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Echocardiography is a noninvasive ultrasound procedure that assesses the heart’s function and structures and detects anomalies if there are any. Echocardiography allows us to  diagnose or evaluate many conditions, including:

  • Congenital heart disease – Defects in one or more heart structures.
  • Atherosclerosis – Blocking of the arteries due to gradual clogging from inflammation and cholesterol deposition.
  • Arrhythmia – An irregular heartbeat.
  • Cardiomyopathy – These are a group of diseases that affects heart muscle due to acquired or inherited causes resulted in inefficient pumping of blood by the heart.
  • Congestive heart failure – When the heart cannot pump efficiently, there’s congestion in the blood vessels and lungs and swelling in the feet, ankles and other parts of the body.
  • Aneurysm – A ballooning of the heart muscle or aorta.
  • Valvular heart disease – Malfunction of heart valves that may cause aberrant blood flow.
  • Cardiac tumor – Tumor of the heart.
  • Pericarditis – Inflammation or infection of the sac surrounding the heart.

What is the difference between an Echocardiography and an EKG?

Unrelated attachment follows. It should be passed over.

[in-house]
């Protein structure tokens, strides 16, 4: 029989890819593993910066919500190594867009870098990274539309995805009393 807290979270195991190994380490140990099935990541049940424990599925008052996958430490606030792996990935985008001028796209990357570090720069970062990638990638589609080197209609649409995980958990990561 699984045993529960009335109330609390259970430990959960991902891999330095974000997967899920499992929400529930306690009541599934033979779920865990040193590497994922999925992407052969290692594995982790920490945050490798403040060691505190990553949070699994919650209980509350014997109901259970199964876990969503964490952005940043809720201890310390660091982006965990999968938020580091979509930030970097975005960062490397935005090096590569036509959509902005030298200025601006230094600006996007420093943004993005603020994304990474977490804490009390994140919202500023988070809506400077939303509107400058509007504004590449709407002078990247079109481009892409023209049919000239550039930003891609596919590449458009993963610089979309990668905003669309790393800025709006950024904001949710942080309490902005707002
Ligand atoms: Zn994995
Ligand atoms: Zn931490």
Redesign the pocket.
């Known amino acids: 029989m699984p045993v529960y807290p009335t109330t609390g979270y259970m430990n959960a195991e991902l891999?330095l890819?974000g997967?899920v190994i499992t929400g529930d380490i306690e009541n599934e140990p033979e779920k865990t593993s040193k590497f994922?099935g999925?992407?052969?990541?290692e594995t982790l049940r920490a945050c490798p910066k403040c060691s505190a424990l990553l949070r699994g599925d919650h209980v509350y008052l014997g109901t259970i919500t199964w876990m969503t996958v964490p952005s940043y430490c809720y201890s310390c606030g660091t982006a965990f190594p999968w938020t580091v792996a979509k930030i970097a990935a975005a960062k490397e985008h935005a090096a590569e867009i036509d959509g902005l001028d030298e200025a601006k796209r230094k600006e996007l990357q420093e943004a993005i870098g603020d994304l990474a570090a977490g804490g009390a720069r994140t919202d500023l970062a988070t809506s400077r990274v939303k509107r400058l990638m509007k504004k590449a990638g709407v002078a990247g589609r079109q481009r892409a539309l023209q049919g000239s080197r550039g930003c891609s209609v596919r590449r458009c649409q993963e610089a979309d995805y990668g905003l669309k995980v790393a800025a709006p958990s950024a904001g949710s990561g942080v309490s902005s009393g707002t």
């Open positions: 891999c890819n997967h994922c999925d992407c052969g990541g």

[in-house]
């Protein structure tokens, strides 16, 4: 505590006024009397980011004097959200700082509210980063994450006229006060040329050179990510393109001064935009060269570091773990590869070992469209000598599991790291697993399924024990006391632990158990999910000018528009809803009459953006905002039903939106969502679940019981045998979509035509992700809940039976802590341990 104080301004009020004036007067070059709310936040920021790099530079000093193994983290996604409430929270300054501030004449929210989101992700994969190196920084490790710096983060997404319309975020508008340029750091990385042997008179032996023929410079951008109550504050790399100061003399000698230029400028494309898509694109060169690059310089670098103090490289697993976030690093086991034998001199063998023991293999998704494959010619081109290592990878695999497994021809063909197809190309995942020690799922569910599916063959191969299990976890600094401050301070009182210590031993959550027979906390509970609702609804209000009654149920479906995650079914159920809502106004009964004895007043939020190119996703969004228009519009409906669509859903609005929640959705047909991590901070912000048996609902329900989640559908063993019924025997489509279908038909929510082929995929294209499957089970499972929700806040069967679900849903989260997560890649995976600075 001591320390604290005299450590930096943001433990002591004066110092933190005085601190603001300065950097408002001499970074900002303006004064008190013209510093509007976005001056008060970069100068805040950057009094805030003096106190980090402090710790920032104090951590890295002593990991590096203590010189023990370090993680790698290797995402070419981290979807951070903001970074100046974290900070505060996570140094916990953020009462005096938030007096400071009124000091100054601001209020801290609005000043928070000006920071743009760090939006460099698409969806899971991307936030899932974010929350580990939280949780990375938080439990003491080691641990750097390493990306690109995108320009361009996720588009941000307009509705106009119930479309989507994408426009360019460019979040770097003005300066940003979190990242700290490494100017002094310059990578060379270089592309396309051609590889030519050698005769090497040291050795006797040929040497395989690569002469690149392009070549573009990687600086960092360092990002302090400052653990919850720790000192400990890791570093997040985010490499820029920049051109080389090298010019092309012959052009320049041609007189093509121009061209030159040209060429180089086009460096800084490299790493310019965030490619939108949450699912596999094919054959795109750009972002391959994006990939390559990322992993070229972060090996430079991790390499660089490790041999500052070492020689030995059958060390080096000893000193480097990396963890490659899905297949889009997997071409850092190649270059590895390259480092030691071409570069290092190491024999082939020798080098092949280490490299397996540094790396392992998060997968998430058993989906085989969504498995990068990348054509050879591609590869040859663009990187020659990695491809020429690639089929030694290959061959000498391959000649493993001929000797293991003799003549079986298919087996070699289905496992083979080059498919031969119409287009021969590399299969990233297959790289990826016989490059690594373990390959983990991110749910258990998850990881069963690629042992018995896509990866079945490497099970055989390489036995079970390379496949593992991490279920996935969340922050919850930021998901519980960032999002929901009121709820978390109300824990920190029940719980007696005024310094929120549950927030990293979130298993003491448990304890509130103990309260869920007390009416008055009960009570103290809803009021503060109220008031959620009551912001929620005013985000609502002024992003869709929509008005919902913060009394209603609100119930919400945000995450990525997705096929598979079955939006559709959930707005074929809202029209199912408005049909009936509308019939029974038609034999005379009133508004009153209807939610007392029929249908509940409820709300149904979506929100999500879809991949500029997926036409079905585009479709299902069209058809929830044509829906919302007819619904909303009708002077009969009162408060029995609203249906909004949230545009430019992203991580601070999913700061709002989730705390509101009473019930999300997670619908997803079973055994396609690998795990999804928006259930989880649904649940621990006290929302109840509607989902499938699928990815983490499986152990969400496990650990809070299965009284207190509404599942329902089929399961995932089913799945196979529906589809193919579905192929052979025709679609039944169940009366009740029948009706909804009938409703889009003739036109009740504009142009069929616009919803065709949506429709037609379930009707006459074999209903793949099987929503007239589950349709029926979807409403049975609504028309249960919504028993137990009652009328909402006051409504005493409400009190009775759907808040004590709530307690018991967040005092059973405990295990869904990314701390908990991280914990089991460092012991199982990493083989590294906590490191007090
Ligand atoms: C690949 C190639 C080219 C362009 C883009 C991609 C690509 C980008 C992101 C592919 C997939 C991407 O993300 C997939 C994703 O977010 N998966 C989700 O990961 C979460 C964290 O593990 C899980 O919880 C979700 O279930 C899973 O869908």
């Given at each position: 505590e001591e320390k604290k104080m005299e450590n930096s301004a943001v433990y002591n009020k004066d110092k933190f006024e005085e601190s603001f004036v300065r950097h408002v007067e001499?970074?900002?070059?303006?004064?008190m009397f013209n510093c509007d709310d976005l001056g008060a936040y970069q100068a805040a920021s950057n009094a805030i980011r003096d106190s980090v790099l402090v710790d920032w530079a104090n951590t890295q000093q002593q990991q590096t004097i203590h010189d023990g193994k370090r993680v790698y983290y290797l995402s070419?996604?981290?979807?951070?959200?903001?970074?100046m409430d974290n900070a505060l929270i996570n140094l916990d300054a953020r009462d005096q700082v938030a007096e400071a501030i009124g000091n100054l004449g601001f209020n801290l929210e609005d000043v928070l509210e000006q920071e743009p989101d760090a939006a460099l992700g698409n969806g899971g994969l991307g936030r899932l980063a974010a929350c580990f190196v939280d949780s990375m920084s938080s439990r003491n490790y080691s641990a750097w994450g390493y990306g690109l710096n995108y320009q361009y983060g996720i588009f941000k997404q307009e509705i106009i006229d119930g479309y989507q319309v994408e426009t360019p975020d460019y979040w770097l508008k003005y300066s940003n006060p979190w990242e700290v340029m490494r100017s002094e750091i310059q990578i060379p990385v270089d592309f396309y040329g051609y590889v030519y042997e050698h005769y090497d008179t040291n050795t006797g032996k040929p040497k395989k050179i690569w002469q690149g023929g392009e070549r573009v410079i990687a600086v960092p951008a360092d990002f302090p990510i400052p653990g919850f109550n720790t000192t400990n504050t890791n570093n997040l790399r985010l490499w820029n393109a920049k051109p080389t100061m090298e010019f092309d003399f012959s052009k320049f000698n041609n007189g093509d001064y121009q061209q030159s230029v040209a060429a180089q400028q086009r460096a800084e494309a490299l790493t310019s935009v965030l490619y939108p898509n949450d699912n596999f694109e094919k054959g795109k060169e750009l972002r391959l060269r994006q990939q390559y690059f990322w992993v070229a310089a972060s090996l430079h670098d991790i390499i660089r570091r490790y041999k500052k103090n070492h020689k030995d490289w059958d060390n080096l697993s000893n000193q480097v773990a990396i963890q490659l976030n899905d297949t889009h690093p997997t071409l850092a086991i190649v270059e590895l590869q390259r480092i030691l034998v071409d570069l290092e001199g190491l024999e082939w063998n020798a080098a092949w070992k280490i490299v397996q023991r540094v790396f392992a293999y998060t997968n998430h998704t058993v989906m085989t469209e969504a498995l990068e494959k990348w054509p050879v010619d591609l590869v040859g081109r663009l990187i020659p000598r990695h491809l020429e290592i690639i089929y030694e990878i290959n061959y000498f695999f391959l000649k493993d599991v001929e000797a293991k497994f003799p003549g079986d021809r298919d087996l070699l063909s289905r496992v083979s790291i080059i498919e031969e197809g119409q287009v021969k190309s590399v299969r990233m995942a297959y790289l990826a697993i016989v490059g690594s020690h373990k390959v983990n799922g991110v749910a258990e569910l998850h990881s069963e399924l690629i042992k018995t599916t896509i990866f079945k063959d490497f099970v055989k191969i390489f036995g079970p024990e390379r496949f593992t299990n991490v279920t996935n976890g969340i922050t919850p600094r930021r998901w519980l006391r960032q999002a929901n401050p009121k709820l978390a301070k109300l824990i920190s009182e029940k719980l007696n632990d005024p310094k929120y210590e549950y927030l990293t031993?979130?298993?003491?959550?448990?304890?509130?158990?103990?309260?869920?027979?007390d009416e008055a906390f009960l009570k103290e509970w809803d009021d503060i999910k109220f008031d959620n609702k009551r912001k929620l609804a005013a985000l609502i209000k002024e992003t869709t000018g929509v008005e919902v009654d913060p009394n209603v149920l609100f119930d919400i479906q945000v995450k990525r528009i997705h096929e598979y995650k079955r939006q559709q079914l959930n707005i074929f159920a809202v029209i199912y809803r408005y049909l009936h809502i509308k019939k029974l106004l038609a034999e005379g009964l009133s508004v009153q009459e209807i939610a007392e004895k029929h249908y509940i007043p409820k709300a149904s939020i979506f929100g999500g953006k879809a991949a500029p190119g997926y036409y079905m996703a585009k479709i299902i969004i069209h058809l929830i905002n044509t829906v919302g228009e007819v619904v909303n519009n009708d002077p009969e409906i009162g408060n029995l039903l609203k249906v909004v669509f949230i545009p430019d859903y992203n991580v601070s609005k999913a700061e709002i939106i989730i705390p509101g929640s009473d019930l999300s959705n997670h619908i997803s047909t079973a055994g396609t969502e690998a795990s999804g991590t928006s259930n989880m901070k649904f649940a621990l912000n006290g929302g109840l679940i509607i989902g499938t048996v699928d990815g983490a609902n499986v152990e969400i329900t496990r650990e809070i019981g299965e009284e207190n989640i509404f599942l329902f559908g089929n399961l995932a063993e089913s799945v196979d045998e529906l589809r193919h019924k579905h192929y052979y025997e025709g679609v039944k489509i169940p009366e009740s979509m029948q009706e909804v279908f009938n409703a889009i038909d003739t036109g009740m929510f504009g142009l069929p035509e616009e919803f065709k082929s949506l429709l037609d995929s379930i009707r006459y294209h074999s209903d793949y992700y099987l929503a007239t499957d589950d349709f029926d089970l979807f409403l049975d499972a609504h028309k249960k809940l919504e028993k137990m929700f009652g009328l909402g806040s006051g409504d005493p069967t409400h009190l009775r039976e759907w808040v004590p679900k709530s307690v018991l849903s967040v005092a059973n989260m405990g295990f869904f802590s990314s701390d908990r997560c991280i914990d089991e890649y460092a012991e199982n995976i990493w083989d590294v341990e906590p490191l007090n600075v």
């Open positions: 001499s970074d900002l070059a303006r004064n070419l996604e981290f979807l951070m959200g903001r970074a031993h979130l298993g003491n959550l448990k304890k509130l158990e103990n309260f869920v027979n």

Echocardiography and electrocardiography (EKG or ECG) are both essential tools used by physicians to evaluate heart health, albeit with distinct focuses and applications. While an EKG primarily examines the heart’s electrical activity, providing insight into its rhythm and conduction pathways, echocardiography employs ultrasound to generate a detailed visual representation of the heart’s structure and function.

In essence, an EKG serves as a snapshot of the heart’s electrical system, offering valuable information about its functionality and detecting abnormalities in rhythm. On the other hand, an echocardiogram offers a comprehensive view of the heart’s mechanical aspects, enabling clinicians to assess factors such as cardiac chamber size, wall motion, and valve function. This fundamental difference allows healthcare professionals to utilize each modality strategically, with EKGs aiding in diagnosing electrical abnormalities and echocardiograms facilitating the assessment of structural integrity and mechanical function, thus informing treatment plans effectively.